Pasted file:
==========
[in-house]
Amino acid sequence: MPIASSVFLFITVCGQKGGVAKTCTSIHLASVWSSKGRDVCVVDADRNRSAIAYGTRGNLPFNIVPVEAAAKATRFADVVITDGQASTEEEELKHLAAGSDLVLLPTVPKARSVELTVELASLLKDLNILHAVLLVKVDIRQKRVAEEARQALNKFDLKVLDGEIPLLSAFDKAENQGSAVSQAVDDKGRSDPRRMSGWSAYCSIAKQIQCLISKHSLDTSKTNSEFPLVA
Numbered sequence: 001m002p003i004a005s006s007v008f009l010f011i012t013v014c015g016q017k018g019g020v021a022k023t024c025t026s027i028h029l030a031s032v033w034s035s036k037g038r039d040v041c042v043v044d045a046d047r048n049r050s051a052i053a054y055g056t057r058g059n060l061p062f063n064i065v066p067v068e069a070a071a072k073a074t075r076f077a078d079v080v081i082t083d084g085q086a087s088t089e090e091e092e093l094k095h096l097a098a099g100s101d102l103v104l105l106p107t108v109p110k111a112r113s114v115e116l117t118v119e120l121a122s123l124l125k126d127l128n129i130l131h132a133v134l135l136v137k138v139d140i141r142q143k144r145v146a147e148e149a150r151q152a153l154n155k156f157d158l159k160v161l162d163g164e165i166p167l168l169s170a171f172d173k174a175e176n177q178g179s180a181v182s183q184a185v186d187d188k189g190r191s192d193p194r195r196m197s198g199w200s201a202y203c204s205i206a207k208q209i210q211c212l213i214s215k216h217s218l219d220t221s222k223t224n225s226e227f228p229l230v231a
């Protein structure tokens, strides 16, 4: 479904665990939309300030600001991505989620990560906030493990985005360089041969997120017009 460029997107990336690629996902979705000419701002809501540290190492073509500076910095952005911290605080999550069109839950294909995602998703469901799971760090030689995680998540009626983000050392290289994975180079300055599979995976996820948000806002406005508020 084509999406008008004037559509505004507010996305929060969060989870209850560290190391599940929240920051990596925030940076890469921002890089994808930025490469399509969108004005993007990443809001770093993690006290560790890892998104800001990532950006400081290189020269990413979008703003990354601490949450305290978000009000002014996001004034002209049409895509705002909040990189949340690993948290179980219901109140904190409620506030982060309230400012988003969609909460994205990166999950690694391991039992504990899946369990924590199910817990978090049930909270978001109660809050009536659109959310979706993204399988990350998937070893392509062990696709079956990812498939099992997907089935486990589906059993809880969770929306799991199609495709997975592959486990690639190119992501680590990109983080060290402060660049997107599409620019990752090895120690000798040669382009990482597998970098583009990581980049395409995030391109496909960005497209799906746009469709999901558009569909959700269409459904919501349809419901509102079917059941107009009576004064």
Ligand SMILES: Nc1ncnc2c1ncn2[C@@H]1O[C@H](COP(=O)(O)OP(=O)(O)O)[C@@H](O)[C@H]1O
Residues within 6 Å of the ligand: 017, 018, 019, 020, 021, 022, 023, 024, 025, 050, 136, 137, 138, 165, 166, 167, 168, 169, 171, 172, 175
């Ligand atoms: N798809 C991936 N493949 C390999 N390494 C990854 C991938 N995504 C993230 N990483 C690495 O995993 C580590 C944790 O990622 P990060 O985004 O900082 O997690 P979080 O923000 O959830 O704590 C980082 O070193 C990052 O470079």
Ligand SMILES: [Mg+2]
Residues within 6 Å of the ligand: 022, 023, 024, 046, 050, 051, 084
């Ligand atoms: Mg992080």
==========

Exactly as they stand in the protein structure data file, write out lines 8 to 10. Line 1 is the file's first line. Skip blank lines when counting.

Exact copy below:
Ligand SMILES: [Mg+2]
Residues within 6 Å of the ligand: 022, 023, 024, 046, 050, 051, 084
């Ligand atoms: Mg992080």